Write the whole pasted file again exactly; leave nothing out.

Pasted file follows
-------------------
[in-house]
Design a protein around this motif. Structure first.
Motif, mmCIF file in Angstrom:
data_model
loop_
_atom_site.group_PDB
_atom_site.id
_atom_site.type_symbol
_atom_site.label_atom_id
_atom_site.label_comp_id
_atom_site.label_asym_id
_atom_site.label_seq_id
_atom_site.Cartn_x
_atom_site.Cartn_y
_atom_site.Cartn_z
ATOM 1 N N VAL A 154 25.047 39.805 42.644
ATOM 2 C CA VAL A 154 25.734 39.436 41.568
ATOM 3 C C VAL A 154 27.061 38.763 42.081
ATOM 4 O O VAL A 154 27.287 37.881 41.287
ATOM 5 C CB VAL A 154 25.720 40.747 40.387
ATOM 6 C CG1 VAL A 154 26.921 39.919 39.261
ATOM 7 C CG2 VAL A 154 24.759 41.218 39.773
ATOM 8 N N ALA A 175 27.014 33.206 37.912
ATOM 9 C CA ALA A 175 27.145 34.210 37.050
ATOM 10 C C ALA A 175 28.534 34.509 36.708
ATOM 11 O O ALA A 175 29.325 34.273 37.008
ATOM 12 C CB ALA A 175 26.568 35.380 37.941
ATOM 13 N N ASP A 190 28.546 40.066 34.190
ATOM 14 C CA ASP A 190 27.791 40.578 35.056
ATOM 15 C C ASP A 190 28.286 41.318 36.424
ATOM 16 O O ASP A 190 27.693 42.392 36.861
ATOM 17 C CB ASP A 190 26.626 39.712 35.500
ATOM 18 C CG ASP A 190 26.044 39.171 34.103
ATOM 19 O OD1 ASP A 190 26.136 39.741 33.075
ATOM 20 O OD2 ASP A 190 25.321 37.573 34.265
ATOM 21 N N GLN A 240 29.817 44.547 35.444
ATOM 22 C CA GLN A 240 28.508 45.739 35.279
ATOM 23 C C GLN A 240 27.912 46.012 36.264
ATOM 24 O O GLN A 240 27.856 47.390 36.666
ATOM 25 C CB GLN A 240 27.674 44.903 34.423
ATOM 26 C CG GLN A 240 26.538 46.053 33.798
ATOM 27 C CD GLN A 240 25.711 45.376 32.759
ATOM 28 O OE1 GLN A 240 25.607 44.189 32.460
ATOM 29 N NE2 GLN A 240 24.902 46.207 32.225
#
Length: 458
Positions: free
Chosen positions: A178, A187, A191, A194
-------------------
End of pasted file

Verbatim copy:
[in-house]
Design a protein around this motif. Structure first.
Motif, mmCIF file in Angstrom:
data_model
loop_
_atom_site.group_PDB
_atom_site.id
_atom_site.type_symbol
_atom_site.label_atom_id
_atom_site.label_comp_id
_atom_site.label_asym_id
_atom_site.label_seq_id
_atom_site.Cartn_x
_atom_site.Cartn_y
_atom_site.Cartn_z
ATOM 1 N N VAL A 154 25.047 39.805 42.644
ATOM 2 C CA VAL A 154 25.734 39.436 41.568
ATOM 3 C C VAL A 154 27.061 38.763 42.081
ATOM 4 O O VAL A 154 27.287 37.881 41.287
ATOM 5 C CB VAL A 154 25.720 40.747 40.387
ATOM 6 C CG1 VAL A 154 26.921 39.919 39.261
ATOM 7 C CG2 VAL A 154 24.759 41.218 39.773
ATOM 8 N N ALA A 175 27.014 33.206 37.912
ATOM 9 C CA ALA A 175 27.145 34.210 37.050
ATOM 10 C C ALA A 175 28.534 34.509 36.708
ATOM 11 O O ALA A 175 29.325 34.273 37.008
ATOM 12 C CB ALA A 175 26.568 35.380 37.941
ATOM 13 N N ASP A 190 28.546 40.066 34.190
ATOM 14 C CA ASP A 190 27.791 40.578 35.056
ATOM 15 C C ASP A 190 28.286 41.318 36.424
ATOM 16 O O ASP A 190 27.693 42.392 36.861
ATOM 17 C CB ASP A 190 26.626 39.712 35.500
ATOM 18 C CG ASP A 190 26.044 39.171 34.103
ATOM 19 O OD1 ASP A 190 26.136 39.741 33.075
ATOM 20 O OD2 ASP A 190 25.321 37.573 34.265
ATOM 21 N N GLN A 240 29.817 44.547 35.444
ATOM 22 C CA GLN A 240 28.508 45.739 35.279
ATOM 23 C C GLN A 240 27.912 46.012 36.264
ATOM 24 O O GLN A 240 27.856 47.390 36.666
ATOM 25 C CB GLN A 240 27.674 44.903 34.423
ATOM 26 C CG GLN A 240 26.538 46.053 33.798
ATOM 27 C CD GLN A 240 25.711 45.376 32.759
ATOM 28 O OE1 GLN A 240 25.607 44.189 32.460
ATOM 29 N NE2 GLN A 240 24.902 46.207 32.225
#
Length: 458
Positions: free
Chosen positions: A178, A187, A191, A194